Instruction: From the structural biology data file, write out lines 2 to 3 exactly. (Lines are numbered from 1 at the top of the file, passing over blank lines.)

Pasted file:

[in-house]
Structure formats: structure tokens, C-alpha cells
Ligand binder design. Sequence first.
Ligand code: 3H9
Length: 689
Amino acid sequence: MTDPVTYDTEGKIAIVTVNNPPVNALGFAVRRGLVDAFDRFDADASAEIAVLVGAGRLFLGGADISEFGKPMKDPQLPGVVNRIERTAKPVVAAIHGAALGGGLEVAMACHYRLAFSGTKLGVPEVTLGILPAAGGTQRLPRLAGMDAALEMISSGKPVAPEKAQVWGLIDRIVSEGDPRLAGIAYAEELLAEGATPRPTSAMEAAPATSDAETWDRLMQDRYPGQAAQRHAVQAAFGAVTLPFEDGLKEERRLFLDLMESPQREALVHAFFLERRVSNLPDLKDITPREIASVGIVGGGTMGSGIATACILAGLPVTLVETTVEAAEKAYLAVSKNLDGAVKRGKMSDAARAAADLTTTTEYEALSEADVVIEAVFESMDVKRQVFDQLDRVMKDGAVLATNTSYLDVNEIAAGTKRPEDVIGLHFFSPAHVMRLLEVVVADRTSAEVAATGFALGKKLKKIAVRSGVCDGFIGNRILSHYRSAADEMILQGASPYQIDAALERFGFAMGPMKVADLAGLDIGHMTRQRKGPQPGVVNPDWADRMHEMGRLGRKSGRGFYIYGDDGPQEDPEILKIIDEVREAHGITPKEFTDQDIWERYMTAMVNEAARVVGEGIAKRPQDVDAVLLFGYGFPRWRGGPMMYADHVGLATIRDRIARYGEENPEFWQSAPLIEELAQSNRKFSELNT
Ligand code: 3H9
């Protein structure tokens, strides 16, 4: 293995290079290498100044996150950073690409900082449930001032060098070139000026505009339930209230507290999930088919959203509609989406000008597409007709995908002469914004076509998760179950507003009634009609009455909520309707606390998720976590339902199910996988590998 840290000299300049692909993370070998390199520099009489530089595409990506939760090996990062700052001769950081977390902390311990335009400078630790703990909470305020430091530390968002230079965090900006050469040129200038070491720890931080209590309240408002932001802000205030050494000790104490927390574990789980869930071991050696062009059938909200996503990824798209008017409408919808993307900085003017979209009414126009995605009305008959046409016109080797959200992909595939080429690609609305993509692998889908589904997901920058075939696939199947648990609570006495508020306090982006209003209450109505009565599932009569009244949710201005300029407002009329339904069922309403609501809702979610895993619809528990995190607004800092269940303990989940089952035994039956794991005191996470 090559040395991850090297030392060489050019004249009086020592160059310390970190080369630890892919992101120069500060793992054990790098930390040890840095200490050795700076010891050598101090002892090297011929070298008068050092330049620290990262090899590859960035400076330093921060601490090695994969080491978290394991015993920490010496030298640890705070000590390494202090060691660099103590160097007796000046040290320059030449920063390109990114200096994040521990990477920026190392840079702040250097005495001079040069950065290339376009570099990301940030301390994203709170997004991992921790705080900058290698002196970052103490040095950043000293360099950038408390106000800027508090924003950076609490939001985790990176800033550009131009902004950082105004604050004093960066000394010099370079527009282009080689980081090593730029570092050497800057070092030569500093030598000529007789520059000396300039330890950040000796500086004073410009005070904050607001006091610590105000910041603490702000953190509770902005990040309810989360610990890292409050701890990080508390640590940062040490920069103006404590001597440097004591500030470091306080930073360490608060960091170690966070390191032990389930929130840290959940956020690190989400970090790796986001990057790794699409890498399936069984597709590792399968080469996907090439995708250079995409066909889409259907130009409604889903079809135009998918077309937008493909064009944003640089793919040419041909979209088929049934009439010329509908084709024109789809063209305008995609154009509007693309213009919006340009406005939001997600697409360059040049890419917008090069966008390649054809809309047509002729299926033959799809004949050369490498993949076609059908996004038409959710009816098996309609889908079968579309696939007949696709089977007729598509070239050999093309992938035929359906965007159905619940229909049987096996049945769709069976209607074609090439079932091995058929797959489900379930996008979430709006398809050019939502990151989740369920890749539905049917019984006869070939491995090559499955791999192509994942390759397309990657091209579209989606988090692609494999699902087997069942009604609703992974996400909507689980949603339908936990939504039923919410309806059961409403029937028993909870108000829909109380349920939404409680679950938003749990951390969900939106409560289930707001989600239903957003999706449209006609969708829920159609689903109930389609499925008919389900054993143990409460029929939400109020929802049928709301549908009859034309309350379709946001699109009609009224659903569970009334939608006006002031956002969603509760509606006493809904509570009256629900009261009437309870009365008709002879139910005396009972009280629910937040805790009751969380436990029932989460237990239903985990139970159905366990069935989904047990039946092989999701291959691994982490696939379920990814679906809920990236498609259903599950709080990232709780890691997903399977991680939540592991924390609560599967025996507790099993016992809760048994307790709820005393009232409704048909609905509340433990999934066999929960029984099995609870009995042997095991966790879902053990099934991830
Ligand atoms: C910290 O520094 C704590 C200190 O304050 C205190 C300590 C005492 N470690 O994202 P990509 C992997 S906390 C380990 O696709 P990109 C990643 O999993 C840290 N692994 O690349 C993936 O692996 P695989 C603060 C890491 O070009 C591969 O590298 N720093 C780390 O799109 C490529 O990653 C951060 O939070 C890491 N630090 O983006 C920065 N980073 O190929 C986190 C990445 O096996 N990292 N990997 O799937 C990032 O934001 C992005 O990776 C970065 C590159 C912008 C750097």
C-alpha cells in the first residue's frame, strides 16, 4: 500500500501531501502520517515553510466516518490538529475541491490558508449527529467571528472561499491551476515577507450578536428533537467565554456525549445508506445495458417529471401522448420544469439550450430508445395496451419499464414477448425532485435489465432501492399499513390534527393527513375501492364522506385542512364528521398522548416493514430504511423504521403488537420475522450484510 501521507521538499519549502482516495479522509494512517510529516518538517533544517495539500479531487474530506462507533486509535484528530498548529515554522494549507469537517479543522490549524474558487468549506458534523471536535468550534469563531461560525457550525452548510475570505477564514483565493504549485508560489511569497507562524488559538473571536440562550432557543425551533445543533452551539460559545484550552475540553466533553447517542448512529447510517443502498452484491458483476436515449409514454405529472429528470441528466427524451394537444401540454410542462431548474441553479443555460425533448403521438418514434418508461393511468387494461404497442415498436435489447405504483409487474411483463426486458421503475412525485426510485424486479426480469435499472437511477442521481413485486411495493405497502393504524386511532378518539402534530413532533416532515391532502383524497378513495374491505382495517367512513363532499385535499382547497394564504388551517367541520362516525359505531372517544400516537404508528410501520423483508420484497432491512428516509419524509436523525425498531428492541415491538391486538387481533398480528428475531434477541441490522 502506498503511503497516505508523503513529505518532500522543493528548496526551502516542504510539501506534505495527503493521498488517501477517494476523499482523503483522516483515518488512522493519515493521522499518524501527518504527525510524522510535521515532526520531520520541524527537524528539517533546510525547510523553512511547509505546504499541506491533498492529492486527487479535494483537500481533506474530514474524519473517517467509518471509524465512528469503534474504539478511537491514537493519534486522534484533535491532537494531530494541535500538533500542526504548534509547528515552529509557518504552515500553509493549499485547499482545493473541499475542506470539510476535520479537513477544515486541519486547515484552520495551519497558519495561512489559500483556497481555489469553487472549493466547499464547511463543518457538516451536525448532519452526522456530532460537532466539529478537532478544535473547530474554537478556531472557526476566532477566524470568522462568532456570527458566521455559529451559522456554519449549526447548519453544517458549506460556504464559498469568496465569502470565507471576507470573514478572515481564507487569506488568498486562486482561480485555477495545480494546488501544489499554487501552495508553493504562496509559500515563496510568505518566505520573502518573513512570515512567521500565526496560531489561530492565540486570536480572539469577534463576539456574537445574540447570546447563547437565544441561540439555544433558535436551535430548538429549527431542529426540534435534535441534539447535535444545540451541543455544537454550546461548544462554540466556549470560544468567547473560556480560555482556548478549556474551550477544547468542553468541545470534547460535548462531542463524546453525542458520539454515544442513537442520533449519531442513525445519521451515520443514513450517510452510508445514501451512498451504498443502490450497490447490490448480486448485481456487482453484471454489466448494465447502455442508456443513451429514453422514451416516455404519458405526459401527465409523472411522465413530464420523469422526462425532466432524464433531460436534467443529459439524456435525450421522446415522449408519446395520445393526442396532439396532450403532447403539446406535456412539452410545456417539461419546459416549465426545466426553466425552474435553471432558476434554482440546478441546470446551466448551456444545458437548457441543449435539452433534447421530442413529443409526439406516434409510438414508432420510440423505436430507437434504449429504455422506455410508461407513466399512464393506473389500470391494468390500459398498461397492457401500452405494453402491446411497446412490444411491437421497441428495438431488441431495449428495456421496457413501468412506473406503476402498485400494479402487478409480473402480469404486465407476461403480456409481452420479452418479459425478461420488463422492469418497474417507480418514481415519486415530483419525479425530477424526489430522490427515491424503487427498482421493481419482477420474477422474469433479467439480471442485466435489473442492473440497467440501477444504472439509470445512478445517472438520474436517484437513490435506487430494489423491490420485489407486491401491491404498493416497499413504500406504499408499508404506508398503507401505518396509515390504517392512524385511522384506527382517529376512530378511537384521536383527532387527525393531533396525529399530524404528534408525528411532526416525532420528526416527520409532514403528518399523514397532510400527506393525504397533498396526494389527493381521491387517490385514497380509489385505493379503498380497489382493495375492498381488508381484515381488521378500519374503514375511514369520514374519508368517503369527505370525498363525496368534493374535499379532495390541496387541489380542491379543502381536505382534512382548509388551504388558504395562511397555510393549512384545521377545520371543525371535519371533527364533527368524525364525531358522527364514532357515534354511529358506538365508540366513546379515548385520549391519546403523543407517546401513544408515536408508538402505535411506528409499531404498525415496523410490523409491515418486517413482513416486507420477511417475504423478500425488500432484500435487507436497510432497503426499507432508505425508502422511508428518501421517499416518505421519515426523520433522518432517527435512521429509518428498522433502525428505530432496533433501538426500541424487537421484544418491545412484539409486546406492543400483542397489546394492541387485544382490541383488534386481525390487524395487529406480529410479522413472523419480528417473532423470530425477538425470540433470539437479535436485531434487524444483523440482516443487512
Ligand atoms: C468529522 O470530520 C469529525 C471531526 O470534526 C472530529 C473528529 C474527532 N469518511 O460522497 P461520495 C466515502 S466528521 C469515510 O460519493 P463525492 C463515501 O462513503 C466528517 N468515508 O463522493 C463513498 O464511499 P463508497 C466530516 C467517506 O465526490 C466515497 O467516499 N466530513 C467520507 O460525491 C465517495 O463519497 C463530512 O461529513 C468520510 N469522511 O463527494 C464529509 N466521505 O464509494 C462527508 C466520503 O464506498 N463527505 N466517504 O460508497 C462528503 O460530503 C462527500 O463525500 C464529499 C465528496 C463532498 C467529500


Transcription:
Structure formats: structure tokens, C-alpha cells
Ligand binder design. Sequence first.